4. After a long day of skiing, Charles and Travis decide to make some hot chocolate. The recipe calls for 3 parts of hot chocolate mix for every 5 parts of water. If the two friends decide to use 2 packets of hot chocolate mix (300 grams total), how much water do they need to successfully make hot chocolate?
Menlo Park students, we hope that you enjoyed these ski-themed math problems! For more fun ways to learn math, visit the Mathnasium of Palo Alto-Menlo Park.
Now that it’s officially 2017 in Palo Alto, it’s time to think about the positive changes we’d like to make for ourselves in this new year! With that in mind, our staff at the Mathnasium of Palo Alto / Menlo Park has come up with some suggestions on keeping your resolutions throughout the entire year and beyond.
1. Make concrete, achievable goals for the New Year. It’s much easier to achieve a concrete goal than a vague one. For example, if your goal is to read more in the coming year, don’t just set your New Year’s resolution as “to read more”. Instead, come up with maybe 5-6 books that you want to have read by the end of the year! Making concrete goals will ensure that you have a specific direction to go with.
2. Everything in moderation! Palo Alto is definitely a fast-paced city, but that doesn’t mean that you have to rush through your resolutions! For example, if your goal is to become more fit in 2017, make sure to phase out your workouts and lifestyle changes. Don’t immediately drop sugar from your diet and run 10 miles a day at your local Palo Alto gym; make those dietary changes and build up your workouts gradually. You’ll be much less likely to burn out, and have a greater shot at achieving your resolutions.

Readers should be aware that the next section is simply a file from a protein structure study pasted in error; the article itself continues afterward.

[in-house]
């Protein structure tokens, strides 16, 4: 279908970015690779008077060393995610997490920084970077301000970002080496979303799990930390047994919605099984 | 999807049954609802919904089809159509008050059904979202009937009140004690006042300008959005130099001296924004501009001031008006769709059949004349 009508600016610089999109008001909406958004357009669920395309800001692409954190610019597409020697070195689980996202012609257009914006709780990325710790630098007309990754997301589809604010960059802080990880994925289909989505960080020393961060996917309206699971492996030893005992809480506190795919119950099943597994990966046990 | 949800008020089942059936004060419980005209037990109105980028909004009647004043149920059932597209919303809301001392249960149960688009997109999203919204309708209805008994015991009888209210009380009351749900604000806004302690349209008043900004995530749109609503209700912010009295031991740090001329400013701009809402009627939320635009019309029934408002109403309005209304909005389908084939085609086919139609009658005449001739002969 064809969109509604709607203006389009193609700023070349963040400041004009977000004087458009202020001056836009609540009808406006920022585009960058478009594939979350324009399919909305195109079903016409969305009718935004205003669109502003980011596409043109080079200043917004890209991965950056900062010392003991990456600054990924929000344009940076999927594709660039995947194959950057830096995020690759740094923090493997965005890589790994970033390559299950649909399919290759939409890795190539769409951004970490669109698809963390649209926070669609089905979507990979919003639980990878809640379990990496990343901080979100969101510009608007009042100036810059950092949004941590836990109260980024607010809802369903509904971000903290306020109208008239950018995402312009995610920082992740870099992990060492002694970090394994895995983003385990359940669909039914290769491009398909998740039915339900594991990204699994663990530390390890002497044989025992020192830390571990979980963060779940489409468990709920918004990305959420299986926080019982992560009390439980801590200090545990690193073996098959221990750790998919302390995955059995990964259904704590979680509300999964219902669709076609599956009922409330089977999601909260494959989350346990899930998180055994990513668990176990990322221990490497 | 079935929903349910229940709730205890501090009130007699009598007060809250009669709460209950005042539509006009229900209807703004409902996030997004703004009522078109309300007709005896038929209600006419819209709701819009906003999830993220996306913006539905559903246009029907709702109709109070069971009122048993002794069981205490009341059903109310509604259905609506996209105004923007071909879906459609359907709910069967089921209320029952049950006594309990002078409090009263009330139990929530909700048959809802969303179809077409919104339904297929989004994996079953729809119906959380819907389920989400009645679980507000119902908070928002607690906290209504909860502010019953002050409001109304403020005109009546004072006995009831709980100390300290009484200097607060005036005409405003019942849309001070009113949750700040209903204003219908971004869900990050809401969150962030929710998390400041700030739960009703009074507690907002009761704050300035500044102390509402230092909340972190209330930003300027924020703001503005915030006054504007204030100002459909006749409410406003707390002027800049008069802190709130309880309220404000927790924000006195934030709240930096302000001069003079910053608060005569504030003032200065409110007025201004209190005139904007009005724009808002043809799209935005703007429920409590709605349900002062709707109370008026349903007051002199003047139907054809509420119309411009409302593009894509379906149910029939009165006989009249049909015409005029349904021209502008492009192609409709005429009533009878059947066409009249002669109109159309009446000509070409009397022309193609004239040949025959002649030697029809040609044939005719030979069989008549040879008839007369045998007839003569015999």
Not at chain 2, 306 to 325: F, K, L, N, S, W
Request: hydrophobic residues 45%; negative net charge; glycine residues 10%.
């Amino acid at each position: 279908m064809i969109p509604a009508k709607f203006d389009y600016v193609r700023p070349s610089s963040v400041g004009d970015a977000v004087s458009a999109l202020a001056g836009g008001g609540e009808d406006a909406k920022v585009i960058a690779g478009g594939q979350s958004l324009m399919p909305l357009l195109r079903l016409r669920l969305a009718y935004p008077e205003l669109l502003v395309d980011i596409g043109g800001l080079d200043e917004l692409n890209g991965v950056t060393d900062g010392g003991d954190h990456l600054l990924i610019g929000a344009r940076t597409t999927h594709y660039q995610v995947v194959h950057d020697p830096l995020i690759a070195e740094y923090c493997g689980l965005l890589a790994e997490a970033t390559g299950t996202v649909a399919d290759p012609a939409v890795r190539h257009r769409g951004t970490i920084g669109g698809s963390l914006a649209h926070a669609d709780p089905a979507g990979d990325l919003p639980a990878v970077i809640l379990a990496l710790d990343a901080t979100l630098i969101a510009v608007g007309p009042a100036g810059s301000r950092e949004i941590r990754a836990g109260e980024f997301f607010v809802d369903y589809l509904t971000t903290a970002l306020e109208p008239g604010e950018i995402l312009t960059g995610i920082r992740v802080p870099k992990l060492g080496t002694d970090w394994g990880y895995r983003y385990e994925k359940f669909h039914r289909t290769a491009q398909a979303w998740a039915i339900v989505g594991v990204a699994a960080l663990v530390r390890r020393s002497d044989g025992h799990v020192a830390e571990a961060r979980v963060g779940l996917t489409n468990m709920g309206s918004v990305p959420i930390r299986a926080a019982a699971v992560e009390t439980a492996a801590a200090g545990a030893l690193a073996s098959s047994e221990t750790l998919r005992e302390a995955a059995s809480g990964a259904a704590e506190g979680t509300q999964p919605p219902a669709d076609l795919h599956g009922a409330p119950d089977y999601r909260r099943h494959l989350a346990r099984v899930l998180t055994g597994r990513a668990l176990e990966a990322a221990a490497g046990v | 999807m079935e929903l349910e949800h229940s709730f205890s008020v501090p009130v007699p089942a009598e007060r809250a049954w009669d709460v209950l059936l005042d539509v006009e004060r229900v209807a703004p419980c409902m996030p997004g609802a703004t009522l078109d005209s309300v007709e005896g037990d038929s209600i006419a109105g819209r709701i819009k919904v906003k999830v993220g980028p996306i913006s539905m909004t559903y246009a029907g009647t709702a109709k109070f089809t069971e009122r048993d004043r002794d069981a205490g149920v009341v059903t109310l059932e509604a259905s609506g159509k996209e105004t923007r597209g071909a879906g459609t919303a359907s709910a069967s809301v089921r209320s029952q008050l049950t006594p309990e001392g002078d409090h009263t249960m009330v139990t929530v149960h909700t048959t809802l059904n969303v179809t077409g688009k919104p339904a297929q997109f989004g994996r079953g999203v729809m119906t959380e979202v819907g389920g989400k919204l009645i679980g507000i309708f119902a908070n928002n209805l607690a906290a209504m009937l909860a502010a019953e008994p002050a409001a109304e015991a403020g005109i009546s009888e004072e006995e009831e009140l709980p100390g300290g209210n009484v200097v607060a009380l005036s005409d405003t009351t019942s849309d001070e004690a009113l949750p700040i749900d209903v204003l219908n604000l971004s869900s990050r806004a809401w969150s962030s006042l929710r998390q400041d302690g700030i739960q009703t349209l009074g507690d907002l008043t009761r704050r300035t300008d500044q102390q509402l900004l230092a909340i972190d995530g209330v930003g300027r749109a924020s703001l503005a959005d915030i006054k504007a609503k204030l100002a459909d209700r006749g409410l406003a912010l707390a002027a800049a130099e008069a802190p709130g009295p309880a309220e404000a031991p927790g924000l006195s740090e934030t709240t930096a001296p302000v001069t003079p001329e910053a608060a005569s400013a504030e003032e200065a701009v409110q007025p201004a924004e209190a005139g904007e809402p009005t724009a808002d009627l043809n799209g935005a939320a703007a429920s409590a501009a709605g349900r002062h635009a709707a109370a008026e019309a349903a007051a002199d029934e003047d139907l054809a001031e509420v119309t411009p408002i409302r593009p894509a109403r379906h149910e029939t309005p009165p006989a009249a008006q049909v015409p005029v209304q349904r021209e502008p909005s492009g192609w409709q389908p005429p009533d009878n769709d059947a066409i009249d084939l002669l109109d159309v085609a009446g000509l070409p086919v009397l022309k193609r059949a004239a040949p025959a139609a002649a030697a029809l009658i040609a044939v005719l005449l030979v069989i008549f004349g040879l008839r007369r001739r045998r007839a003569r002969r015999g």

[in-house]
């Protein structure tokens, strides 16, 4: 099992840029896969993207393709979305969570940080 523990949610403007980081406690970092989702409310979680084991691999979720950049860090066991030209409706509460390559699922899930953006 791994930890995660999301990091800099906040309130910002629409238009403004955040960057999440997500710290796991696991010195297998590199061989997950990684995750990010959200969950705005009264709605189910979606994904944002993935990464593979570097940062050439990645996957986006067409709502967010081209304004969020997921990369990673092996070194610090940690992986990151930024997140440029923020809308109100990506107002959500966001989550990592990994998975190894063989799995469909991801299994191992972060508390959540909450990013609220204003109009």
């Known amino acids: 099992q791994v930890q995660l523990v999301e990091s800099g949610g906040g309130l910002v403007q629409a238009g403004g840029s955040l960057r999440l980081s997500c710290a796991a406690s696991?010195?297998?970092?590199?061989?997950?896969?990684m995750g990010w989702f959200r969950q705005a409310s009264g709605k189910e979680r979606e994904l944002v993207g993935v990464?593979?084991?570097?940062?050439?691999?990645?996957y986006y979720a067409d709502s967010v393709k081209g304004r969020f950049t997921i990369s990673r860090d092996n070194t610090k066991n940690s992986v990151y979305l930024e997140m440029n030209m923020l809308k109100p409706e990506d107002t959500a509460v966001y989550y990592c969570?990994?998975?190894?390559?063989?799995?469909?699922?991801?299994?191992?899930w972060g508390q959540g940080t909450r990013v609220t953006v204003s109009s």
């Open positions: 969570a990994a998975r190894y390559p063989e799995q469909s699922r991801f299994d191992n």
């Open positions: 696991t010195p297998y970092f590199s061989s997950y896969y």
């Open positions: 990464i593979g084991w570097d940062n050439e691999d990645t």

3. Let a friend in on your New Years’ Resolutions! Having a friend or family member do your New Years’ Resolutions with you creates accountability between the two of you. For example, if your New Years’ Resolution is to learn French in 2017, you should take classes, schedule study sessions, and converse in French with a friend. Including a friend in your goals makes you that much more likely in achieving your dreams for the year.
We hope that these ideas will give you a head start on those New Years’ Resolutions. Palo Alto students and parents, we hope that you have an awesome new year! For more fun ways to learn math, visit the Mathnasium of Palo Alto / Menlo Park.
New Year’s Eve is rapidly approaching, and 2017 is coming up on the horizon! We at the Mathnasium of Palo Alto-Menlo Park can’t believe how quickly this past year has gone by. Half of the school year has already passed by, meaning it’s been a great few math-filled months here at Mathnasium. Working with your children and providing math tutoring services in the Atherton area for yet another year has been a rewarding experience. With a new year comes new possibilities, new opportunities, and new experiences, and we wish that all of you and your families experience a joy-filled 2017!